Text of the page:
Addressing the Ethical Challenges in Genetic Testing and Sequencing of Children

Ellen Wright Clayton, Laurence B. McCullough, Leslie G. Biesecker, Steven Joffe, Lainie Friedman Ross, Susan M. Wolf

Research output: Contribution to journalArticle

74 Scopus citations

Abstract

American Academy of Pediatrics (AAP) and American College of Medical Genetics (ACMG) recently provided two recommendations about predictive genetic testing of children. The Clinical Sequencing Exploratory Research Consortium's Pediatrics Working Group compared these recommendations, focusing on operational and ethical issues specific to decision making for children. Content analysis of the statements addresses two issues: (1) how these recommendations characterize and analyze locus of decision making, as well as the risks and benefits of testing, and (2) whether the guidelines conflict or come to different but compatible conclusions because they consider different testing scenarios. These statements differ in ethically significant ways. AAP/ACMG analyzes risks and benefits using best interests of the child and recommends that, absent ameliorative interventions available during childhood, clinicians should generally decline to order testing. Parents authorize focused tests. ACMG analyzes risks and benefits using the interests of the child and other family members and recommends that sequencing results be examined for additional variants that can lead to ameliorative interventions, regardless of age, which laboratories should report to clinicians who should contextualize the results. Parents must accept additional analysis. The ethical arguments in these statements appear to be in tension with each other.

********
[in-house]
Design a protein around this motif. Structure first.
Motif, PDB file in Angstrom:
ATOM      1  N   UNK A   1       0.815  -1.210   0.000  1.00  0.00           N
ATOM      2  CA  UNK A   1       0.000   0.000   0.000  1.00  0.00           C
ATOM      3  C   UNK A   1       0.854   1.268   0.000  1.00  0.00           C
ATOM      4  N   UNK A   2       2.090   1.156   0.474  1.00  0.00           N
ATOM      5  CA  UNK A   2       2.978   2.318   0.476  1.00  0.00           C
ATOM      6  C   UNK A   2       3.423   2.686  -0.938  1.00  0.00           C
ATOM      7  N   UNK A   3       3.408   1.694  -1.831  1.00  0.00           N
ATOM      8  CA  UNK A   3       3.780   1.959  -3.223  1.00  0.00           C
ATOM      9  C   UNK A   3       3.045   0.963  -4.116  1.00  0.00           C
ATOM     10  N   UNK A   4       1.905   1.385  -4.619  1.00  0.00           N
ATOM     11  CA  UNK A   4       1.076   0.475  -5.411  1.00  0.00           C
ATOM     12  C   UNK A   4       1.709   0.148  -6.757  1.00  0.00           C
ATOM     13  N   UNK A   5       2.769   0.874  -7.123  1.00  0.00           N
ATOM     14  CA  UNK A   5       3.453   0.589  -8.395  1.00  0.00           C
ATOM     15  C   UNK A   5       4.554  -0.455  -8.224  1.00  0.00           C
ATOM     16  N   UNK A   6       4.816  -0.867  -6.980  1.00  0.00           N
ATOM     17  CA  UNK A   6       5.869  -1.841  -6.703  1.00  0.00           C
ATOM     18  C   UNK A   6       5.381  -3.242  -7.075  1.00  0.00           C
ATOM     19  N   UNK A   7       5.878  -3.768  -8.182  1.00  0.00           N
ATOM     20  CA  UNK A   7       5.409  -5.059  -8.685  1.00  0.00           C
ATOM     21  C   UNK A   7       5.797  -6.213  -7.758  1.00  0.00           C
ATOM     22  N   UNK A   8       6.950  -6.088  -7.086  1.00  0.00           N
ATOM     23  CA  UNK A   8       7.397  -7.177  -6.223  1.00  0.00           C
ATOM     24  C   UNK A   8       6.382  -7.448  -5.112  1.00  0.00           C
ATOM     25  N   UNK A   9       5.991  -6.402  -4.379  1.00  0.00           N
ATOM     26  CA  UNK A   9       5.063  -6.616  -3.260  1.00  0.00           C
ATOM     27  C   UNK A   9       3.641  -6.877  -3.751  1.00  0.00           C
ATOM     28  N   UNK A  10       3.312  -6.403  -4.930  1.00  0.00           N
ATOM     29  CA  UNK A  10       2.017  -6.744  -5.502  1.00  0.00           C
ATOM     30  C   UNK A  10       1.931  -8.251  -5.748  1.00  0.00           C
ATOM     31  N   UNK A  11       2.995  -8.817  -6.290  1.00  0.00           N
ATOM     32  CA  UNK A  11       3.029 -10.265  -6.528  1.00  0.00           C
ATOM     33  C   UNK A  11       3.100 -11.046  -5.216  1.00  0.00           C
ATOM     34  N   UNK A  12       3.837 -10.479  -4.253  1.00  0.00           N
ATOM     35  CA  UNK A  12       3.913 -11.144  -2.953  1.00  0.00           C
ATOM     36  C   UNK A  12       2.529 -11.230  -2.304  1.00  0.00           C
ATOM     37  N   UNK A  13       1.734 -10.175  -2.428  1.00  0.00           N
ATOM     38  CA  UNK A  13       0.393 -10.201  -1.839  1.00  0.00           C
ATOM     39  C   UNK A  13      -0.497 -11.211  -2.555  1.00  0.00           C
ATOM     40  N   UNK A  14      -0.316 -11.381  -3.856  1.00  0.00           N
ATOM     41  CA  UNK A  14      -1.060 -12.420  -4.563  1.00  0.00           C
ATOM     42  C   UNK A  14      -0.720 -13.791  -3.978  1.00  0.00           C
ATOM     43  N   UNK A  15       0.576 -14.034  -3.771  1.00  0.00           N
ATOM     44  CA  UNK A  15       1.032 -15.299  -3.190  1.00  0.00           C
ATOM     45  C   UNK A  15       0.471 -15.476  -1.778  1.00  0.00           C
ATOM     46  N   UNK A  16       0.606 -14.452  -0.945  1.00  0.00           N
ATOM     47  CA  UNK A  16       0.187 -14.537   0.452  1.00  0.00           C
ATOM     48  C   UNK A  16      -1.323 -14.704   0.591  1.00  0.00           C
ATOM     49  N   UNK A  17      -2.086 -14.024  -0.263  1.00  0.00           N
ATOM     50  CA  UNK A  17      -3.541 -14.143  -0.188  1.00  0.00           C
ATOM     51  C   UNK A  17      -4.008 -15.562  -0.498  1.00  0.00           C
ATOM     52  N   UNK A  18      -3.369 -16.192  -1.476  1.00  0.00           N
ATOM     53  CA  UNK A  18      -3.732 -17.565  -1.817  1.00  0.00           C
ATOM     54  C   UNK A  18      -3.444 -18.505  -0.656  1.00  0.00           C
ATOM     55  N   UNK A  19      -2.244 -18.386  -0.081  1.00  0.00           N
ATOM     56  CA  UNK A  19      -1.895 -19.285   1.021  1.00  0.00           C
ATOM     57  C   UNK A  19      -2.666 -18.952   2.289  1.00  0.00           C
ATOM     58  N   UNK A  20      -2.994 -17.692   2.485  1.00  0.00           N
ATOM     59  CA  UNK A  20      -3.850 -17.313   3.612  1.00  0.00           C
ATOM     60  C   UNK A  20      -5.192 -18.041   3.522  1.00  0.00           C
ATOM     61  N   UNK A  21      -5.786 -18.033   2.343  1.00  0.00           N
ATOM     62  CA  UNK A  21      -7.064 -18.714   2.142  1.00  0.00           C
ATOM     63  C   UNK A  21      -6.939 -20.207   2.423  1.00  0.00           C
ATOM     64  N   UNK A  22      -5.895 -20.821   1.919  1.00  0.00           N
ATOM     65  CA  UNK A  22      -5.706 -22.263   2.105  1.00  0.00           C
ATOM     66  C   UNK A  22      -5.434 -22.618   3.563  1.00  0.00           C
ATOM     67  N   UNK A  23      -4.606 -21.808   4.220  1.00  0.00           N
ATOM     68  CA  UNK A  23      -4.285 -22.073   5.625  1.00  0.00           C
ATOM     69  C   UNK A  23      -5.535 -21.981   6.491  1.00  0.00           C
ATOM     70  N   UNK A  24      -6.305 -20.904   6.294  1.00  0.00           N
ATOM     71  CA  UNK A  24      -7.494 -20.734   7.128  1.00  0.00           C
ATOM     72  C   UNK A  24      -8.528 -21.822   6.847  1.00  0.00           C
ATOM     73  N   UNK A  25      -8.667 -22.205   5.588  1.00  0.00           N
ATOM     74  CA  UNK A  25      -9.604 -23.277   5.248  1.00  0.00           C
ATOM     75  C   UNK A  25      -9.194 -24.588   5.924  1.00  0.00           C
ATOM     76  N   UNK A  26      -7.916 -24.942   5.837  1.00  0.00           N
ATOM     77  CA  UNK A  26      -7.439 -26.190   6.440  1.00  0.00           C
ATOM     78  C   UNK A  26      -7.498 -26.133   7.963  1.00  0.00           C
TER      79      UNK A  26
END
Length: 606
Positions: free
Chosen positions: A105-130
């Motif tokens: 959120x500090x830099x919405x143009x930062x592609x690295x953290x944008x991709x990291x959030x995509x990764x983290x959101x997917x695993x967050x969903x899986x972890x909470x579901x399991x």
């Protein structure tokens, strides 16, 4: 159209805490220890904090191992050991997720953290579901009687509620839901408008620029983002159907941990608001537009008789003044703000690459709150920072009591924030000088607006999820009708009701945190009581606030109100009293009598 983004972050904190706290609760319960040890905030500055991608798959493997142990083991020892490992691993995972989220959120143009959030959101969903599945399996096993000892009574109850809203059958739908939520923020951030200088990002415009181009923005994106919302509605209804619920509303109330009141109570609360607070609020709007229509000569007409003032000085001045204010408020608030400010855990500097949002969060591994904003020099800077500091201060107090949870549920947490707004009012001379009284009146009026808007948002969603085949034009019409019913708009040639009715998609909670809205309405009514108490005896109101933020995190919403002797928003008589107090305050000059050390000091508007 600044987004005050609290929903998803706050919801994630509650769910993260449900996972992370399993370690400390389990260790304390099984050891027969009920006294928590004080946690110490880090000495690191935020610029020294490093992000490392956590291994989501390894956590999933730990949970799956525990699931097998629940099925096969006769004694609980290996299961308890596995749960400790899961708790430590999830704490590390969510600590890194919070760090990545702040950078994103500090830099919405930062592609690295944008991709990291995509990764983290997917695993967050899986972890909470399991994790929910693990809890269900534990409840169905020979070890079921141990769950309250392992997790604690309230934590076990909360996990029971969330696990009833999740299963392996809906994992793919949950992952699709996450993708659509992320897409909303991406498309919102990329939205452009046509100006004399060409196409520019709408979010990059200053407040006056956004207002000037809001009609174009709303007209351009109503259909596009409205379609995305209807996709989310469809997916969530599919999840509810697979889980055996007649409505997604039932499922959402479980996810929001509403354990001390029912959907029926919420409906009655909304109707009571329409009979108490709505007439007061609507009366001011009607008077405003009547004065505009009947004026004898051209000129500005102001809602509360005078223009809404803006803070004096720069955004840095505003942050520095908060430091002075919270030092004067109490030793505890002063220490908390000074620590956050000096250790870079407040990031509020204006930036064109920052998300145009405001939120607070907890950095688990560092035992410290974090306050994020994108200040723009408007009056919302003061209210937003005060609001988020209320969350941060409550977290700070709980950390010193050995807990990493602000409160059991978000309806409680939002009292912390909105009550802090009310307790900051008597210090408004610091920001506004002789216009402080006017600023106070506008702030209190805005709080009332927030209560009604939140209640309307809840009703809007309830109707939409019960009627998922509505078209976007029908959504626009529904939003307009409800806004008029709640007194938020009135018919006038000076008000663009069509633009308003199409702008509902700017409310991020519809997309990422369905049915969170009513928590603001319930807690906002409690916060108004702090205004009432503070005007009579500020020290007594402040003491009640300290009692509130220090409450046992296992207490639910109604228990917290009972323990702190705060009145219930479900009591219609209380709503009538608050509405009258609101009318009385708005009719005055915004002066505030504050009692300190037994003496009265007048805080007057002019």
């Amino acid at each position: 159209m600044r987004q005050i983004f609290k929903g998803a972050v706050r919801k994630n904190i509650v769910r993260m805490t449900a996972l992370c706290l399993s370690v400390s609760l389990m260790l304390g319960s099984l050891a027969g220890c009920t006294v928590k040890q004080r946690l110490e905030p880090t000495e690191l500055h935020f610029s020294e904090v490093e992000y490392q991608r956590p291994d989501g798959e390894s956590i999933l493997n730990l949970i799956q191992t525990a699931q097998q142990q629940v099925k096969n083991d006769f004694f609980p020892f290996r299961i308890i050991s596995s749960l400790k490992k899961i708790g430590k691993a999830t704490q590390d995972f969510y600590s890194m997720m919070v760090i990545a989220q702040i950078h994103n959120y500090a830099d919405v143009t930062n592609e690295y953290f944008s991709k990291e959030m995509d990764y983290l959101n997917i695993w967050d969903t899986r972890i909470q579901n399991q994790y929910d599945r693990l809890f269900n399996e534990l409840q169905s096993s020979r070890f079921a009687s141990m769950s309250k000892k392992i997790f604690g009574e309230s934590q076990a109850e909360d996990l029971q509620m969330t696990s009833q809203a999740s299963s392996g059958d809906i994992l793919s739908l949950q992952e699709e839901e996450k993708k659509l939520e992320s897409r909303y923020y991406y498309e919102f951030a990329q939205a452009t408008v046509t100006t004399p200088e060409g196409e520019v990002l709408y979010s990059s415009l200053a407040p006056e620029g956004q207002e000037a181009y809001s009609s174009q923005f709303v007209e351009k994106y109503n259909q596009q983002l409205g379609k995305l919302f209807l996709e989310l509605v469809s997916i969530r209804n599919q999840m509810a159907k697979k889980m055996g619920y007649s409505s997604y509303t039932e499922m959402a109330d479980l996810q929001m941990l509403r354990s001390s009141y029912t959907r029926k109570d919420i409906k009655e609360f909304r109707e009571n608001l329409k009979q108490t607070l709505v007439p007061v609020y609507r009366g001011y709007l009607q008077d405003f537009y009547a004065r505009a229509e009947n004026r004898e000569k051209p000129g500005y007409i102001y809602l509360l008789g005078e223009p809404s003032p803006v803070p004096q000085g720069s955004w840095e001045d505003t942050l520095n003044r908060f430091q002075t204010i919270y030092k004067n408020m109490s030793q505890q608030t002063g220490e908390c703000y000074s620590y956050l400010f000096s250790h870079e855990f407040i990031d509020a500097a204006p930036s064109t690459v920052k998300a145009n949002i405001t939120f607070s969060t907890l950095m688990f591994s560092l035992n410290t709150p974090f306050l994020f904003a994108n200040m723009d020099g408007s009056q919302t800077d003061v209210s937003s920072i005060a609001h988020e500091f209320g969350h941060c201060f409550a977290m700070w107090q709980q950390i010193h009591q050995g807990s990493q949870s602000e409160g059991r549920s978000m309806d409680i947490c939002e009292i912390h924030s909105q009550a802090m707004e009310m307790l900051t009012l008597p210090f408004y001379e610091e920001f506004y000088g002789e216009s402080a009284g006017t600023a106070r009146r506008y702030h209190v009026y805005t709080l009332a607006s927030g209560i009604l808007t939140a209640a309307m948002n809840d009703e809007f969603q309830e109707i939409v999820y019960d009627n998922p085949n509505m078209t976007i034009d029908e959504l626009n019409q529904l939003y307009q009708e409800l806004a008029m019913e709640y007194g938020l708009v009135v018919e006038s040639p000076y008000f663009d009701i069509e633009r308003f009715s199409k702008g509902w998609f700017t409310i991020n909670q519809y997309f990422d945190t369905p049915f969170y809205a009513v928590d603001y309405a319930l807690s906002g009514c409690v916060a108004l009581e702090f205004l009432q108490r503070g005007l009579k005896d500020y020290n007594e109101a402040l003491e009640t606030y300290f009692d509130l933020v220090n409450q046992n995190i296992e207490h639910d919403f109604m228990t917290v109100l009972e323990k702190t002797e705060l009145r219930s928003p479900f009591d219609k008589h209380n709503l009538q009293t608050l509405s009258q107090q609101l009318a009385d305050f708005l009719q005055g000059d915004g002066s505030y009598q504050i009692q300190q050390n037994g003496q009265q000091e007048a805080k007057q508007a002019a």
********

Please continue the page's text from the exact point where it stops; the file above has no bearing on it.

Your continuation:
Original languageEnglish (US)
Pages (from-to)3-9
Number of pages7
JournalAmerican Journal of Bioethics
Volume14
Issue number3
DOIs
StatePublished - Mar 2014

Keywords

  • benefits
  • best interests of the child
  • ethics
  • exome sequencing
  • genome sequencing
  • interests of child and family
  • pediatrics
  • risks

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